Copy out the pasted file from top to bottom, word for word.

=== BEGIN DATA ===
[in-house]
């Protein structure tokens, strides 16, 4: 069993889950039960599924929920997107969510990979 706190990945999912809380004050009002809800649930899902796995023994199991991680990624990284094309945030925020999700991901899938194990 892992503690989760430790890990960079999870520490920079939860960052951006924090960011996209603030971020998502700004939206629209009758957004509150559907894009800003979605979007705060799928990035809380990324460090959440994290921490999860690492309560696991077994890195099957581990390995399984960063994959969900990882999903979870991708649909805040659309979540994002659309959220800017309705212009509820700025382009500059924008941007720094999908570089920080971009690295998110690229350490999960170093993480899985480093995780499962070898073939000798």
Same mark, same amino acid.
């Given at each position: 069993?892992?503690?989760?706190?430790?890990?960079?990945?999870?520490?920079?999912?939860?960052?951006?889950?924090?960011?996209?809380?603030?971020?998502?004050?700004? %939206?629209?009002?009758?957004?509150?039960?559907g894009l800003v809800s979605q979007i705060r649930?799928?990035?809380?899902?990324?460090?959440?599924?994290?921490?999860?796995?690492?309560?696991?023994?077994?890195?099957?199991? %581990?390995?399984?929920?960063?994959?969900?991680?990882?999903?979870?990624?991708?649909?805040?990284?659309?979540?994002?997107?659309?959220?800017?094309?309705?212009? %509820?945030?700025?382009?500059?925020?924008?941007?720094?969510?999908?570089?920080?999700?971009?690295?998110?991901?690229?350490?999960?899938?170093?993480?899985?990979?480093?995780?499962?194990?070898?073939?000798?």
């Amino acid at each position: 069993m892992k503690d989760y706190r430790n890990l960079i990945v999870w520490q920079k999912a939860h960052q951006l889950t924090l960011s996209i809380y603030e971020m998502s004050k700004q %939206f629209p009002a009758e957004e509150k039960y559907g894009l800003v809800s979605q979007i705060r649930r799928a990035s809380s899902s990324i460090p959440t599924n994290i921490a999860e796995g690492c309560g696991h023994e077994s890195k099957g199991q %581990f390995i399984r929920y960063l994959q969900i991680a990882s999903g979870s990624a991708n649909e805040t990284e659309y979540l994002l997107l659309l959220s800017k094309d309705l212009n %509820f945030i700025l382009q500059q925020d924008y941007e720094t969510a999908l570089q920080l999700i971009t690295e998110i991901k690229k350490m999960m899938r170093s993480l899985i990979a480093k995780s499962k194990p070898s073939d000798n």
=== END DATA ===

[in-house]
């Protein structure tokens, strides 16, 4: 069993889950039960599924929920997107969510990979 706190990945999912809380004050009002809800649930899902796995023994199991991680990624990284094309945030925020999700991901899938194990 892992503690989760430790890990960079999870520490920079939860960052951006924090960011996209603030971020998502700004939206629209009758957004509150559907894009800003979605979007705060799928990035809380990324460090959440994290921490999860690492309560696991077994890195099957581990390995399984960063994959969900990882999903979870991708649909805040659309979540994002659309959220800017309705212009509820700025382009500059924008941007720094999908570089920080971009690295998110690229350490999960170093993480899985480093995780499962070898073939000798």
Same mark, same amino acid.
């Given at each position: 069993?892992?503690?989760?706190?430790?890990?960079?990945?999870?520490?920079?999912?939860?960052?951006?889950?924090?960011?996209?809380?603030?971020?998502?004050?700004? %939206?629209?009002?009758?957004?509150?039960?559907g894009l800003v809800s979605q979007i705060r649930?799928?990035?809380?899902?990324?460090?959440?599924?994290?921490?999860?796995?690492?309560?696991?023994?077994?890195?099957?199991? %581990?390995?399984?929920?960063?994959?969900?991680?990882?999903?979870?990624?991708?649909?805040?990284?659309?979540?994002?997107?659309?959220?800017?094309?309705?212009? %509820?945030?700025?382009?500059?925020?924008?941007?720094?969510?999908?570089?920080?999700?971009?690295?998110?991901?690229?350490?999960?899938?170093?993480?899985?990979?480093?995780?499962?194990?070898?073939?000798?």
């Amino acid at each position: 069993m892992k503690d989760y706190r430790n890990l960079i990945v999870w520490q920079k999912a939860h960052q951006l889950t924090l960011s996209i809380y603030e971020m998502s004050k700004q %939206f629209p009002a009758e957004e509150k039960y559907g894009l800003v809800s979605q979007i705060r649930r799928a990035s809380s899902s990324i460090p959440t599924n994290i921490a999860e796995g690492c309560g696991h023994e077994s890195k099957g199991q %581990f390995i399984r929920y960063l994959q969900i991680a990882s999903g979870s990624a991708n649909e805040t990284e659309y979540l994002l997107l659309l959220s800017k094309d309705l212009n %509820f945030i700025l382009q500059q925020d924008y941007e720094t969510a999908l570089q920080l999700i971009t690295e998110i991901k690229k350490m999960m899938r170093s993480l899985i990979a480093k995780s499962k194990p070898s073939d000798n």